Introductory Video

  • The Machine Learning course includes several programming assignments which you’ll need to finish to complete the course. The assignments require the Octave scientific computing language.

  • Octave is a free, open-source application available for many platforms. It has a text interface and an experimental graphical one. Octave is distributed under the GNU Public License, which means that it is always free to download and distribute.

  • Use Download to install Octave for windows. "Warning: Do not install Octave 4.0.0";

  • Installing Octave on GNU/Linux : On Ubuntu, you can use: sudo apt-get update && sudo apt-get install octave. On Fedora, you can use: sudo yum install octave-forge

  • In this exercise, you will implement linear regression and get to see it work on data. Before starting on this programming exercise, we strongly recommend completing the previous chapters.

  • To get started with the exercise, you will need to download the Download and unzip its contents to the directory where you wish to complete the exercise.

  • If needed, use the cd command in Octave/MATLAB to change to this directory before starting this exercise.

  • You can also find instructions for installing Octave/MATLAB in the “Environment Setup Instructions” of the course website.

  • ex1.m - Octave/MATLAB script that steps you through the exercise

  • ex1 multi.m - Octave/MATLAB script for the later parts of the exercise

  • ex1data1.txt - Dataset for linear regression with one variable

  • ex1data2.txt - Dataset for linear regression with multiple variables

  • warmUpExercise.m - Simple example function in Octave/MATLAB

  • plotData.m - Function to display the dataset

  • computeCost.m - Function to compute the cost of linear regression

  • gradientDescent.m - Function to run gradient descent

  • Throughout the exercise, you will be using the script ex1.m. This script set up the dataset for the problems and make calls to functions that you will write. You do not need to modify either of them. You are only required to modify functions in other files, by following the instructions in this assignment.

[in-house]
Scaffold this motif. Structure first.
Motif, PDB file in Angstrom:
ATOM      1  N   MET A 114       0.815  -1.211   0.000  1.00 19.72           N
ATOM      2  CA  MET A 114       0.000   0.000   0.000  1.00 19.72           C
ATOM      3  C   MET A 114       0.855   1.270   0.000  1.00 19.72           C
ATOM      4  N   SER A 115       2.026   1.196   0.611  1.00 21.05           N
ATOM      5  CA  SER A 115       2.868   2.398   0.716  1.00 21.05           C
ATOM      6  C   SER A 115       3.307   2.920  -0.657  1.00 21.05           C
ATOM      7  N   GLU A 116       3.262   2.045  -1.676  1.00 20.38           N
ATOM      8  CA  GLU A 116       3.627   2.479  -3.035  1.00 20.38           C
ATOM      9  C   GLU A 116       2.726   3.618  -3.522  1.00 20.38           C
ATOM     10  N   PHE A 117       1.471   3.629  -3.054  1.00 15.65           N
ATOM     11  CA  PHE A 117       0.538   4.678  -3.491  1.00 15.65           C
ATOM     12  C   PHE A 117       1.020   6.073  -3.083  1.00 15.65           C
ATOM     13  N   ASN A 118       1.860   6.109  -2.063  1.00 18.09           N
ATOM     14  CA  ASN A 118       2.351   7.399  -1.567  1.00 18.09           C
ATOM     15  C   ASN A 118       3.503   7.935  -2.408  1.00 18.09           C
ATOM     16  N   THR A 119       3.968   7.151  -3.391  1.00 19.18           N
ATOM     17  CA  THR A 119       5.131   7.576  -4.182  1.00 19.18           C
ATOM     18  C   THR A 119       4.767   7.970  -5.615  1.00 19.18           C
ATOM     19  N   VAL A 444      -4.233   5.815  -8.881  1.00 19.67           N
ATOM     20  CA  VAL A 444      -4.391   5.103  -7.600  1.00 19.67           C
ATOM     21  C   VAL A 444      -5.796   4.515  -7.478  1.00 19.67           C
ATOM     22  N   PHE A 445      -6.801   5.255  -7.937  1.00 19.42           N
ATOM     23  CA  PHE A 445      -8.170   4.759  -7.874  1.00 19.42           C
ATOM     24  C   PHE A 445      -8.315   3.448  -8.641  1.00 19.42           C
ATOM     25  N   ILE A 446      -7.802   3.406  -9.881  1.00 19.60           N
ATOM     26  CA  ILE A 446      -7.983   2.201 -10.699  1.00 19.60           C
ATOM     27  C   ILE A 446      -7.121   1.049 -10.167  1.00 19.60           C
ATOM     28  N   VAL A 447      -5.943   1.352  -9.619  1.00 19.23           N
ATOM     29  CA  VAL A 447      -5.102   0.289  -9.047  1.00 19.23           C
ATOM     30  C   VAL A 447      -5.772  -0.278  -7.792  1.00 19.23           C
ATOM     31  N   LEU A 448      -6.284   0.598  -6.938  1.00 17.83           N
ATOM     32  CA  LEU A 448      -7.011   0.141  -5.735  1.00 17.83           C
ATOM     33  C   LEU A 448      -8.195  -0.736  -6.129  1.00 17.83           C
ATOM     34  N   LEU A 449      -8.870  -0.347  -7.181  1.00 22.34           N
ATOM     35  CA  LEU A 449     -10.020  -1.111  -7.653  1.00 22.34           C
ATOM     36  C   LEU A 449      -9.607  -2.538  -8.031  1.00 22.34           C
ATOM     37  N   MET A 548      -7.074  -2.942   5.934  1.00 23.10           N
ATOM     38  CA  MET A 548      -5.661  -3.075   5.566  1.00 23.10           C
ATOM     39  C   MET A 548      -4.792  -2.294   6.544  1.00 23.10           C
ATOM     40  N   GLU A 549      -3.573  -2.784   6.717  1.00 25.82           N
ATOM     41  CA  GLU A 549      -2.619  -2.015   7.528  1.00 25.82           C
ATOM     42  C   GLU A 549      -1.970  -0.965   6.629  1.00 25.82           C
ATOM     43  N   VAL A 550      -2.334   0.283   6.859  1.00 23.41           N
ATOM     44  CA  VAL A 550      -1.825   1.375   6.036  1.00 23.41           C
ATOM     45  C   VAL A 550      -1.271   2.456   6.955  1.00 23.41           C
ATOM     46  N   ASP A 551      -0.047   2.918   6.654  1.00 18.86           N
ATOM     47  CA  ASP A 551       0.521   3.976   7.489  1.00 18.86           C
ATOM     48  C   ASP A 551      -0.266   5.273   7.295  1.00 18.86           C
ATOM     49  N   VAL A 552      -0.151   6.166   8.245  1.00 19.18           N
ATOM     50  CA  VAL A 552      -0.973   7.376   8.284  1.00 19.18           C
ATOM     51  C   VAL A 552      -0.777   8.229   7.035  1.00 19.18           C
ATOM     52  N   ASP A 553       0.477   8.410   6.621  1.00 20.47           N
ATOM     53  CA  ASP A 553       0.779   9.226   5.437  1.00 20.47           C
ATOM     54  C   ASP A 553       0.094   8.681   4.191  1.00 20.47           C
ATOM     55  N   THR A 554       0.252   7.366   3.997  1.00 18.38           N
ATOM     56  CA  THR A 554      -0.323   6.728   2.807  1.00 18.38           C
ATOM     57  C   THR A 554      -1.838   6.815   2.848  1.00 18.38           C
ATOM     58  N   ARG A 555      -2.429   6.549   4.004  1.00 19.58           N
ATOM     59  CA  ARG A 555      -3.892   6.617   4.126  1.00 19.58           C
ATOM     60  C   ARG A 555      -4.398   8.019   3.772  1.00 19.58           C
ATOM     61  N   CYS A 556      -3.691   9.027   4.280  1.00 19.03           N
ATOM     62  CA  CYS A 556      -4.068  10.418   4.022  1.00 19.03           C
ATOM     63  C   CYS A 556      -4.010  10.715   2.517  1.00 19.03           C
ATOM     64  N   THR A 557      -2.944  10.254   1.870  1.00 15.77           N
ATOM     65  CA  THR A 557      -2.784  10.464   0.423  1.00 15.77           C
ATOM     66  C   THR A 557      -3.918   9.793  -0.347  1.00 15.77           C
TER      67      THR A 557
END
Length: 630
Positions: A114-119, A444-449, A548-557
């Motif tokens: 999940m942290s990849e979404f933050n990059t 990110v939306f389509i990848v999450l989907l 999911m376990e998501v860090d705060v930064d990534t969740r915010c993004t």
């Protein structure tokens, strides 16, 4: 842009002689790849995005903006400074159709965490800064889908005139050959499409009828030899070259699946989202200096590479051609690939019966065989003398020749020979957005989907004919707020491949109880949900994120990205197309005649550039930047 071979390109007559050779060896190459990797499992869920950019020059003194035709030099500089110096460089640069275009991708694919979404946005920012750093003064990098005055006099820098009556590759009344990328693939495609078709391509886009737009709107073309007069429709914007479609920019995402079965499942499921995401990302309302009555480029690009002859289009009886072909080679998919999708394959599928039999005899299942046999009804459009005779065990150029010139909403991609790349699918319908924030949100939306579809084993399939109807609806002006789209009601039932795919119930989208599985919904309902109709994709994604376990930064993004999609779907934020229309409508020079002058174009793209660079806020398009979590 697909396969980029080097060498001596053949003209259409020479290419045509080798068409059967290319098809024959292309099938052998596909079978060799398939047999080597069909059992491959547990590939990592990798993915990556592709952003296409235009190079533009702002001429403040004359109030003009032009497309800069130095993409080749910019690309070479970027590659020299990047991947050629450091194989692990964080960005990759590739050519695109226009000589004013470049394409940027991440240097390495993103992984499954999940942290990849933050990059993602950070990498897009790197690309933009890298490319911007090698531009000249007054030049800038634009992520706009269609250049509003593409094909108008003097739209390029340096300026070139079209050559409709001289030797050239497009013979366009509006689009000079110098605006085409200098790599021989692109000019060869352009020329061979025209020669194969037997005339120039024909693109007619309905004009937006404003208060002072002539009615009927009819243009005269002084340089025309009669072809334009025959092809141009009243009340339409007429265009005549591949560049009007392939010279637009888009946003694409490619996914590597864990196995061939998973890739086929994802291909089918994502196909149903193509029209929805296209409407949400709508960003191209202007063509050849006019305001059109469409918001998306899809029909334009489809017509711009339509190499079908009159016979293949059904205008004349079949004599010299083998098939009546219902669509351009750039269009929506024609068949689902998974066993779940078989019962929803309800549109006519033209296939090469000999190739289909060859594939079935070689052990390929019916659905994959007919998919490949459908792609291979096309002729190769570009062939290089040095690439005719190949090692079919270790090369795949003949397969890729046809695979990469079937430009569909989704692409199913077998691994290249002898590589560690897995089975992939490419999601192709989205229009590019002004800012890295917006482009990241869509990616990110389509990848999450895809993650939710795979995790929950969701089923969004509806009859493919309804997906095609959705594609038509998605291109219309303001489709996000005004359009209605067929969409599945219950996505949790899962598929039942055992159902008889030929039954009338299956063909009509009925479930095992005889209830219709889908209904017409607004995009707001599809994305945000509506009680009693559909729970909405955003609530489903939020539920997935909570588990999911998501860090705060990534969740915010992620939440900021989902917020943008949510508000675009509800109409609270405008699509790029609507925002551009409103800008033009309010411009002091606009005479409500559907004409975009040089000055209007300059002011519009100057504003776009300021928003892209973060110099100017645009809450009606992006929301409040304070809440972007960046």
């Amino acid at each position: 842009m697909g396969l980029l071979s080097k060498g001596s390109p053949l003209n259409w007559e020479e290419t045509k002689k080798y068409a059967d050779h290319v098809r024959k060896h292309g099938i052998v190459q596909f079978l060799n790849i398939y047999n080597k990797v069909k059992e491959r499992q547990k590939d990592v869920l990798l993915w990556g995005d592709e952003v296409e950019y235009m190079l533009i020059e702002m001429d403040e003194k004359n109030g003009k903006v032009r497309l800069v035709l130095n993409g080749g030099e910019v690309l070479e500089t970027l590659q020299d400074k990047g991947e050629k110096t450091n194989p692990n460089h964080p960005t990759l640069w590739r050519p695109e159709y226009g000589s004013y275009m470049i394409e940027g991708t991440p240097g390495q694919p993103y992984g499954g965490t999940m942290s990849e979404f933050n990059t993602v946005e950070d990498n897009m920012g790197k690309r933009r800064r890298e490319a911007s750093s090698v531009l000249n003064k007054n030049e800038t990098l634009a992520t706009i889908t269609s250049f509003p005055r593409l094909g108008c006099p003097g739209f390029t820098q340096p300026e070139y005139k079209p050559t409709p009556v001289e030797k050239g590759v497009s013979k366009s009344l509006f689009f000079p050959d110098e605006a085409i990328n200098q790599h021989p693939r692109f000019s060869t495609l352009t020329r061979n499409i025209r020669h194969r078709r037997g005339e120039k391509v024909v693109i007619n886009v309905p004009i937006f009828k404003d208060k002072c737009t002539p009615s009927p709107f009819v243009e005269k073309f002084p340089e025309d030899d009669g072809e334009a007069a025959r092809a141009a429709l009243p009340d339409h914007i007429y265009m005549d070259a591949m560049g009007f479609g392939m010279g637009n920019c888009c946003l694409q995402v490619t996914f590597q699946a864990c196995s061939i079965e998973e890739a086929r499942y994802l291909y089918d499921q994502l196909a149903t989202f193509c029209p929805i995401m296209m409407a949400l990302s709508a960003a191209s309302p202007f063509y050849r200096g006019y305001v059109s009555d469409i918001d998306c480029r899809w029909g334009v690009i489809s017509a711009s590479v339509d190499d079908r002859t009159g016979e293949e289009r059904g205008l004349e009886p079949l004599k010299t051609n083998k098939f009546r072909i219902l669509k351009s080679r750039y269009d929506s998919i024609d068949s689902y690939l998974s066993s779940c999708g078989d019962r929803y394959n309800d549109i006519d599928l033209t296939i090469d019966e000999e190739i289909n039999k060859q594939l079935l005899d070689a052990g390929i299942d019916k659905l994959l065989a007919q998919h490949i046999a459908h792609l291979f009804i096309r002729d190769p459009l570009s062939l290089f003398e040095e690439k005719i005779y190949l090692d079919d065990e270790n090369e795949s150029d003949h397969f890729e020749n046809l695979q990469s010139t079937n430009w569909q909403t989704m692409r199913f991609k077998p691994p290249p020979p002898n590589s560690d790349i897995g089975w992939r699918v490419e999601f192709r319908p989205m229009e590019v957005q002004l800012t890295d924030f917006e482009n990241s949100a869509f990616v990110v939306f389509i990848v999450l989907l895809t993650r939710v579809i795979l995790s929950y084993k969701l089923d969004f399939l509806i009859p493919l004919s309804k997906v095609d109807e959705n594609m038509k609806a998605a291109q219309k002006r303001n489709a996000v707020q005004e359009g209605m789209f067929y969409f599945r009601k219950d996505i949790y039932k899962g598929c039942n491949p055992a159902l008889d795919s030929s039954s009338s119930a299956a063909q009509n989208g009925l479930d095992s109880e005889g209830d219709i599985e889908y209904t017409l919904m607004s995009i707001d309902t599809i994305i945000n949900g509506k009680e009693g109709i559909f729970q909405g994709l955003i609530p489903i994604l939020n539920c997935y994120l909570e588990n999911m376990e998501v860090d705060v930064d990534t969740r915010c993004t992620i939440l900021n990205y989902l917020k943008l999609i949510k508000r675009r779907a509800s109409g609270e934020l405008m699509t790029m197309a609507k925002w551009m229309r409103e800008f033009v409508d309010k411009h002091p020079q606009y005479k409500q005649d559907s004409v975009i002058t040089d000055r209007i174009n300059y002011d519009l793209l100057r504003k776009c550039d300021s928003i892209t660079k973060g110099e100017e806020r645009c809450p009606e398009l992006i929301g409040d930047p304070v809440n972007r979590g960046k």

• For this programming exercise, you are only required to complete the first part of the exercise to implement linear regression with one variable.

  • The first part of ex1.m gives you practice with Octave/MATLAB syntax and the homework submission process. In the file warmUpExercise.m, you will find the outline of an Octave/MATLAB function. Modify it to return a 5 x 5 identity matrix by filling in the following code:

  • A = eye(5);

  • When you are finished, run ex1.m (assuming you are in the correct directory, type “ex1” at the Octave/MATLAB prompt) and you should see output similar to the following:

  • ans =
    Diagonal Matrix
    1 0 0 0 0
    0 1 0 0 0
    0 0 1 0 0
    0 0 0 1 0
    0 0 0 0 1

  • Now ex1.m will pause until you press any key, and then will run the code for the next part of the assignment. If you wish to quit, typing ctrl-c will stop the program in the middle of its run.

  • In this part of this exercise, you will implement linear regression with one variable to predict profits for a food truck. Suppose you are the CEO of a restaurant franchise and are considering different cities for opening a new outlet. The chain already has trucks in various cities and you have data for profits and populations from the cities.

  • You would like to use this data to help you select which city to expand to next.

  • The file ex1data1.txt contains the dataset for our linear regression problem. The first column is the population of a city and the second column is the profit of a food truck in that city. A negative value for profit indicates a loss.

  • The ex1.m script has already been set up to load this data for you.

Three Steps of this exercise

  • Complete plotData.m

  • Complete computeCost.m

  • Complete gradientDescent.m

  • Note : For each step its introduction , a small tutorial and test cases to check implementation are given.

  • Before starting on any task, it is often useful to understand the data by visualizing it. For this dataset, you can use a scatter plot to visualize the data, since it has only two properties to plot (profit and population). (Many other problems that you will encounter in real life are multi-dimensional and can’t be plotted on a 2-d plot.)

  • In ex1.m, the dataset is loaded from the data file into the variables X and y:

    data = load('ex1data1.txt'); % read comma separated data
    X = data(:, 1); y = data(:, 2);
    m = length(y); % number of training examples

  • Next, the script calls the plotData function to create a scatter plot of the data. Your job is to complete plotData.m to draw the plot; modify the file and fill in the following code:

    plot(x, y, 'rx', 'MarkerSize', 10); % Plot the data
    ylabel('Profit in $10,000s'); % Set the y−axis label
    xlabel('Population of City in 10,000s'); % Set the x−axis label

  • Now, when you continue to run ex1.m, our end result should look like Figure 1, with the same red “x” markers and axis labels. To learn more about the plot command, you can type help plot at the Octave/MATLAB command prompt or to search online for plotting documentation.

  • (To change the markers to red “x”, we used the option ‘rx’ together with the plot command, i.e., plot(..,[your options here],.., ‘rx’); )